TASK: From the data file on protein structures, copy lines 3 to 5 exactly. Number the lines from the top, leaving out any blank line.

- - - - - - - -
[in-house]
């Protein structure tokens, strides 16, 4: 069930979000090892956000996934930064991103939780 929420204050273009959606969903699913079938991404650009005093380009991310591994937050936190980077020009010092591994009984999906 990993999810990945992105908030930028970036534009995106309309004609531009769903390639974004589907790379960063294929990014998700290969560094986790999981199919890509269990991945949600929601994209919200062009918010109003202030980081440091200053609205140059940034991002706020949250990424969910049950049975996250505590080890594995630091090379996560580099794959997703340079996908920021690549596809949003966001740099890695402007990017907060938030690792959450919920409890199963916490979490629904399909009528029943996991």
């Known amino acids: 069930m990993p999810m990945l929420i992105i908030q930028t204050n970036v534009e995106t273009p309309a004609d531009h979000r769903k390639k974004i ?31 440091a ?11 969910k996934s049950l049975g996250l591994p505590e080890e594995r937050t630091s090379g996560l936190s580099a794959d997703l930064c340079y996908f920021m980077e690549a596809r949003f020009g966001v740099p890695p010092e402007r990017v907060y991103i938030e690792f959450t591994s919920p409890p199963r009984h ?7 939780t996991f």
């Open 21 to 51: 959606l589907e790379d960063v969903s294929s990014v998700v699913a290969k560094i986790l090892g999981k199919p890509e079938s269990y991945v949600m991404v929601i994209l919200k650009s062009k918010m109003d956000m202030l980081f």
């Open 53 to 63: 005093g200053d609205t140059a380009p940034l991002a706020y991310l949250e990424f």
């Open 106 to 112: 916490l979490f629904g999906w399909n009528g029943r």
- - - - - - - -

């Known amino acids: 069930m990993p999810m990945l929420i992105i908030q930028t204050n970036v534009e995106t273009p309309a004609d531009h979000r769903k390639k974004i ?31 440091a ?11 969910k996934s049950l049975g996250l591994p505590e080890e594995r937050t630091s090379g996560l936190s580099a794959d997703l930064c340079y996908f920021m980077e690549a596809r949003f020009g966001v740099p890695p010092e402007r990017v907060y991103i938030e690792f959450t591994s919920p409890p199963r009984h ?7 939780t996991f």
């Open 21 to 51: 959606l589907e790379d960063v969903s294929s990014v998700v699913a290969k560094i986790l090892g999981k199919p890509e079938s269990y991945v949600m991404v929601i994209l919200k650009s062009k918010m109003d956000m202030l980081f």
């Open 53 to 63: 005093g200053d609205t140059a380009p940034l991002a706020y991310l949250e990424f």